It seems Phorm is continuing to have a rocky ride to being a live product in the UK, the European Commission has sent a formal notice starting an infringement proceeding, concerned mainly with how the UK has implemented European data protection laws and how these relate to Phorm and potentially other behavioural advertising systems.
"The Commission has written several letters to the UK authorities since July 2008, asking how they have implemented relevant EU laws in the context of the Phorm case. Following an analysis of the answers received the Commission has concerns that there are structural problems in the way the UK has implemented EU rules ensuring the confidentiality of communications.
Under UK law, which is enforced by the UK police, it is an offence to unlawfully intercept communications. However, the scope of this offence is limited to ‘intentional’ interception only. Moreover, according to this law, interception is also considered to be lawful when the interceptor has ‘reasonable grounds for believing’ that consent to interception has been given. The Commission is also concerned that the UK does not have an independent national supervisory authority dealing with such interceptions.
The UK has two months to reply to this first stage of an infringement proceeding, the letter of formal notice sent today. If the Commission receives no reply, or if the observations presented by the UK are not satisfactory, the Commission may decide to issue a reasoned opinion (the second stage in an infringement proceeding). If the UK still fails to fulfil its obligations under EU law after that, the Commission will refer the case to the European Court of Justice."Extract from press release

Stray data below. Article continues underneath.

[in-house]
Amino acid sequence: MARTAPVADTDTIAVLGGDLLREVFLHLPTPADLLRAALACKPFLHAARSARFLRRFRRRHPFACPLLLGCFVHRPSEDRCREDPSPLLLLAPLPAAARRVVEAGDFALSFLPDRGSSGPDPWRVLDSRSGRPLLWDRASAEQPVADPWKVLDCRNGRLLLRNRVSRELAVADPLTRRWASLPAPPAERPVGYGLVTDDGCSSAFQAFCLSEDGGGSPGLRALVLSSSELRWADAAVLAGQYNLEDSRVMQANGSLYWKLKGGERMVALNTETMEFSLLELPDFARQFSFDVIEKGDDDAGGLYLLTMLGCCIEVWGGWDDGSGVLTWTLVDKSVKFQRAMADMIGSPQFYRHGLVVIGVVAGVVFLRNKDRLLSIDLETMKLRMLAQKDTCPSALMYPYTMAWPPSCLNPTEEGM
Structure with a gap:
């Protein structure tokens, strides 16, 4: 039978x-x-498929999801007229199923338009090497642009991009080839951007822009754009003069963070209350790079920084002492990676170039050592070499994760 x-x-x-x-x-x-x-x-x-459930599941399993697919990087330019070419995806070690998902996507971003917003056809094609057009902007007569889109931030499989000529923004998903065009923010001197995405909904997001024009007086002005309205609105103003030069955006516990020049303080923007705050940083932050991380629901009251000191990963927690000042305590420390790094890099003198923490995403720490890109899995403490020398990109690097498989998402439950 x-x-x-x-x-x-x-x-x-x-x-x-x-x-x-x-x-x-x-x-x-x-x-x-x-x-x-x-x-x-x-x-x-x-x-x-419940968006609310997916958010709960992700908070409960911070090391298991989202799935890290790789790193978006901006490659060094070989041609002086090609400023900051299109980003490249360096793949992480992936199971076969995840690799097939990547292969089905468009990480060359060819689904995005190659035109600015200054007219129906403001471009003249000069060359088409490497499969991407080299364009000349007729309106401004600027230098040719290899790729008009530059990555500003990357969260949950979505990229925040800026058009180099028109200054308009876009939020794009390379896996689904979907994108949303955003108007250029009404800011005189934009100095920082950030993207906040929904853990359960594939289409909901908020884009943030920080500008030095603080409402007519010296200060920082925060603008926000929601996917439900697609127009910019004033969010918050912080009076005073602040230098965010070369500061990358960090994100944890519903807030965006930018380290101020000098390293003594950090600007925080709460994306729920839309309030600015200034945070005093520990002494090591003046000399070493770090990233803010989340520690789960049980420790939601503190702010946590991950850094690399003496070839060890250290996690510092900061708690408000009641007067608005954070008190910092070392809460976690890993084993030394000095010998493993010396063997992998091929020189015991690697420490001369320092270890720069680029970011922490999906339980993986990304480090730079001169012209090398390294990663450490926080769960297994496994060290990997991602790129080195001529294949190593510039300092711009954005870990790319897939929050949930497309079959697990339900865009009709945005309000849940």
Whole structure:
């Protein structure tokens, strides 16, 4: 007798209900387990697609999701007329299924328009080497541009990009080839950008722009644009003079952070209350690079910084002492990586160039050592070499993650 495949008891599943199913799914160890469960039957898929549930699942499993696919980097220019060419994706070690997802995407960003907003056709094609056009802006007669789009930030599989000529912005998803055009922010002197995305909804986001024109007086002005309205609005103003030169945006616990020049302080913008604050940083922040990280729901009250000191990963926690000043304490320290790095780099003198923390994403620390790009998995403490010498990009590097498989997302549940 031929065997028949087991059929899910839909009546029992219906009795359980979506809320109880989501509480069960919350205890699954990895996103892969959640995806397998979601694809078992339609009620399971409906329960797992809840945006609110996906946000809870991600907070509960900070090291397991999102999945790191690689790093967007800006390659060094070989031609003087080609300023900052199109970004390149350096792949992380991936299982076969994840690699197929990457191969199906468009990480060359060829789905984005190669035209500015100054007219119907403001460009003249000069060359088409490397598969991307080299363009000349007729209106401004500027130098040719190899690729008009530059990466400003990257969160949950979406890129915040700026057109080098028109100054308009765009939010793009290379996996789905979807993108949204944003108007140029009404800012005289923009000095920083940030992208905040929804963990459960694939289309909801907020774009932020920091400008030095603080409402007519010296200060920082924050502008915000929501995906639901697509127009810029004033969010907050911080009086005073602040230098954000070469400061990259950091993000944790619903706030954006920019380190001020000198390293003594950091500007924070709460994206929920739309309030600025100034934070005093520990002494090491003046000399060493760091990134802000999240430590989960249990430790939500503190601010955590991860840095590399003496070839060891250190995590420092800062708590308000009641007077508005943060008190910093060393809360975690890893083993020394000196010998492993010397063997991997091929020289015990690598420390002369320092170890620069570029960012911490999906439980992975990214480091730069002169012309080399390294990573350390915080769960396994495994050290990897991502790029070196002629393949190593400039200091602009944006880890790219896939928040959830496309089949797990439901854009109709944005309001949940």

The emphasis is on ensuring that customers of an ISP whose browsing habits are being tracked have given clear informed consent to the system being used on their connection. Under current UK law there only needs to be "reasonable grounds for believing" someone has consented.
This does not mean that this is the end for Phorm, there is nothing it seems stopping it deploying the system under an opt-in system that exceeds UK law requirements and satisfies European law. What it does mean is that we may see this case drag on depending on the UK response, with the final stage being appearing at the European Court of Justice. A win for the EU in the European Court would force changes to UK law.
The BBC amongst other websites has covered the news, and Nicholas Bohm from FIPR appears to back an additional requirement that would require sites to give consent so that they can be trawled. In theory this can be accomplished easily with websites utilising a robots.txt file, however that could exclude them from search engines which is a price they wouldn't want to pay.